RFC: Clang Automatic Bug Reporting

Hi all,

It would be great if Clang provided better support for users who want to file
bugs. We frequently have to go through multiple iterations to get all the data
we need, and we also sometimes run into cases where it is very hard / impossible
to reproduce a problem locally. The latter problems tend to show up frequently
with precompiled headers or supplemental files like header maps, where they
depend very much on the build system and the layout of source on the users
system -- such tests can be a real pain to analyze right now.

The following proposal is for new feature work to let Clang automatically
generate bug reports.

Goals

Hi all,

It would be great if Clang provided better support for users who want to file
bugs. We frequently have to go through multiple iterations to get all the data
we need, and we also sometimes run into cases where it is very hard / impossible
to reproduce a problem locally. The latter problems tend to show up frequently
with precompiled headers or supplemental files like header maps, where they
depend very much on the build system and the layout of source on the users
system -- such tests can be a real pain to analyze right now.

The following proposal is for new feature work to let Clang automatically
generate bug reports.

Goals

Frontend / Single-File Focused:

The goal of this work is to support generating bug reports for parse failures,
crashes, and trivial miscompiles. It is not designed to support generating
test cases where a large application is miscompiled, for example. Generally,
it is designed to support the case where the user runs a single Clang command
on their system, it doesn't work (crashes, produces obviously invalid output,
etc.), and they want a Clang developer to be able to reproduce the problem.

Easy-to-use:

We want people to use it, so it has to be simple and it has to work almost all
the time.

Near-perfect Bug Reproduction:

We want it to be almost guaranteed that the generated bug report reproduces
the problem. It isn't possible to be perfect, but we would like to get very
close.

Report Non-Compiler API Bugs:

Currently, bugs in the compiler are usually easy to reproduce for users who
know how to generate preprocessed or LLVM IR files. However, bugs in
other areas of Clang like the libclang interfaces are much harder to
reproduce. Any solution should address (or help address) this problem.

Support auto-minimizing / anonymizing test cases:

This won't happen soon, but I would like any solution to support this in some
reasonable fashion. This is primarily a nice to have, but it is also important
because it makes it more likely users will actually bother to submit a test
case in situations where they are worried about disclosing their source code.

User Interface

The Clang driver will get a two new options:

'--create-test-case PATH'

  This will cause the driver to create a self-contained test case at PATH,
  which contains enough information to reproduce all the actions the compiler
  is taking as much as possible.

'--replay-test-case PATH'

  This will cause the driver to replay the test case as best as possible. The
  driver will still support additional command line options, so the usual use
  model would be to run '--replay-test-case' to verify the problem reproduces,
  then either fix the problem directly or use additional command line options
  (-E, -###, -emit-llvm, etc.) to isolate / minimize the problem.

At some point, we'll want to support automatic creation of test cases when Clang crashes (e.g., by installing the appropriate signal handler). However, the --create-test-case command-line option will be a huge improvement even before then.

Implementation

Conceptually, what we want to capture in the test case is as much of the users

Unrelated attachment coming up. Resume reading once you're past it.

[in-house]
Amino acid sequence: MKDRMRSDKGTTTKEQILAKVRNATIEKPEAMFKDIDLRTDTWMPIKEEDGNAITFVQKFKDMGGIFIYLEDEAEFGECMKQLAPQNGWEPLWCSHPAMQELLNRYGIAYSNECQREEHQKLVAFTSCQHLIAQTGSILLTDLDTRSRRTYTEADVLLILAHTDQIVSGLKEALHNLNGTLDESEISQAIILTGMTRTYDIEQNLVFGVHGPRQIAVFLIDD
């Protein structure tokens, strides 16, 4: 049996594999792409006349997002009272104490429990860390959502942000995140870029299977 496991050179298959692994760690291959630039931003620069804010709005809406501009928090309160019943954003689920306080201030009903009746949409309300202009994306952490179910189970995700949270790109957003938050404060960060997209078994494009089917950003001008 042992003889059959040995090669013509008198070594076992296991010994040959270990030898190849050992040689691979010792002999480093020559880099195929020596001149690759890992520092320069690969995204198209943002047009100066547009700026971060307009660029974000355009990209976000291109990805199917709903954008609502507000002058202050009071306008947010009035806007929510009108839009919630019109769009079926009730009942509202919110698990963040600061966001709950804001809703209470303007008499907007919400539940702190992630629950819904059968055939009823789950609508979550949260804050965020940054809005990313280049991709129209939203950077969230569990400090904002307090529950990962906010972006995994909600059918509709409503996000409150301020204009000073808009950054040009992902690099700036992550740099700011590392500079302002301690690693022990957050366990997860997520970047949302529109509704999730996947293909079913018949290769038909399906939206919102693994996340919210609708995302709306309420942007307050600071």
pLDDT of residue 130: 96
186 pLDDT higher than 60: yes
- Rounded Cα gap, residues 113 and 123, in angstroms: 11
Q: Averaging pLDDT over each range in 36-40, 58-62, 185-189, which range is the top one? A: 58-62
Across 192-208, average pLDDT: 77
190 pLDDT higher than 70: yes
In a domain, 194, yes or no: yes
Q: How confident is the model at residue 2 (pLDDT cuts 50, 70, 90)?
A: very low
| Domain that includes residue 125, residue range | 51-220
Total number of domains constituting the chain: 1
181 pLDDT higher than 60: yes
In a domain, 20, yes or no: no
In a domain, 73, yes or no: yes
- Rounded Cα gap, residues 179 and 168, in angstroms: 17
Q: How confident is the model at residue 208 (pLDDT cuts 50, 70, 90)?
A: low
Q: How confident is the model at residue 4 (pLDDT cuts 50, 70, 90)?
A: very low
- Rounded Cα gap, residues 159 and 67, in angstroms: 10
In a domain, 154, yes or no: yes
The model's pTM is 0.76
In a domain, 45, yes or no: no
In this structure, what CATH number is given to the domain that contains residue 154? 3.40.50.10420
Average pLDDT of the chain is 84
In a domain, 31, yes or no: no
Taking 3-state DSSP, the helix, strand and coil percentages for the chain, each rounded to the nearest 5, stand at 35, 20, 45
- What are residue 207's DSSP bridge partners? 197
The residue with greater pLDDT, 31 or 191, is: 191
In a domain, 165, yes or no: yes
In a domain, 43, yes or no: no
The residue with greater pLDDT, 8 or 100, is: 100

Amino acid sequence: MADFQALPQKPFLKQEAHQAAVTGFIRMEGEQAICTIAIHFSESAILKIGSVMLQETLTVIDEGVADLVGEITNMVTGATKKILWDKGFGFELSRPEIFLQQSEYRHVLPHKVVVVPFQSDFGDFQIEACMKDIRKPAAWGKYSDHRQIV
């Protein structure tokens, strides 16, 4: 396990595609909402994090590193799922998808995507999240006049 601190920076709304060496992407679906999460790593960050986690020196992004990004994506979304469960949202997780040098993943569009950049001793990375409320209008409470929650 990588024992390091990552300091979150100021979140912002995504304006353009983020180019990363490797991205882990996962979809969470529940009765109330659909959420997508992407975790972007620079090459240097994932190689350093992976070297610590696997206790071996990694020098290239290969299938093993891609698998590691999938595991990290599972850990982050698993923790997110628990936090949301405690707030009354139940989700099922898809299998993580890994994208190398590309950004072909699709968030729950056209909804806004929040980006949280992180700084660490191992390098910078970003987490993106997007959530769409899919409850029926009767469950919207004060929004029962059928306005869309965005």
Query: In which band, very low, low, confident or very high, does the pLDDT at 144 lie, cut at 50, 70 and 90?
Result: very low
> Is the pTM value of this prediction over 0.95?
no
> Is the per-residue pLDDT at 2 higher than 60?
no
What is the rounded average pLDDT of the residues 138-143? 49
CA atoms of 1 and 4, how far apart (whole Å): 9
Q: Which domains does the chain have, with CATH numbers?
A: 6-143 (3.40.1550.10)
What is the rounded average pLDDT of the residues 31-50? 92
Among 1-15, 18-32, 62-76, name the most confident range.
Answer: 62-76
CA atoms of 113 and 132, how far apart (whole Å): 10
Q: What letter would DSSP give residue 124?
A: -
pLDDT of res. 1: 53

environment as is required to reproduce the problem. The environment consists of
a lot of things which might change the compilers behavior: the OS, the hardware,
the file system, the environment variables, the command line options, the
behavior of external programs, etc. We obviously cannot package up all of these
things, but Clang is portable and always a cross compiler, and most bugs can be
reproduced on different hardware or a different OS (with the right options).

The implementation is to try and capture each piece of the environment as best
we can:

- For the OS and hardware, we will just record the OS and CPU information, and
  when replaying the test case we will use that information instead of the host
  information. This will require a few additional hooks, but should be
  straightforward.

This is mainly encoded in the -cc1 command-line options, no?

- Command line arguments and environment variables can just be saved to the
  test case and restored on replay.

- For external programs the driver calls like 'as' and 'ld', all we can expect
  to do in general is store the version information for the program, so that
  developers can at least try to replicate the host environment if necessary
  (and if the failure actually depends on the particular version of one of
  those tools, which it usually doesn't).

- The file system is the main piece we cannot currently deal with. Usually we
  have users give us a preprocessed files to avoid depending on the users file
  system, but this does not always suffice to reproduce problems.

  My plan here is to rework parts of Clang to add support for a "virtual file
  system" which would live under the FileManager API layer. When the driver is
  generating test cases, it would use this interface to keep track of all the
  directories and files that are accessed as part of the compilation, and it
  would serialize all this information (the file metadata and contents) into
  the bug report. When the driver is replaying a test case, it would construct
  a new virtual file system (like a private chroot, essentially) from the bug
  report. This is the main implementation work, described below.

I love the idea of handling this through the virtual file system.

There will be lots more details to be sorted out, but I wanted to give a heads
up on the basic approach I am planning on taking, assuming I can find the time
to work on this. Comments appreciated!

Looks great to me. I'll likely have more comments as the implementation details start getting ironed out.

  - Doug

Sounds great to me!

This interface sounds like it might also be useful for a distcc like
implementation.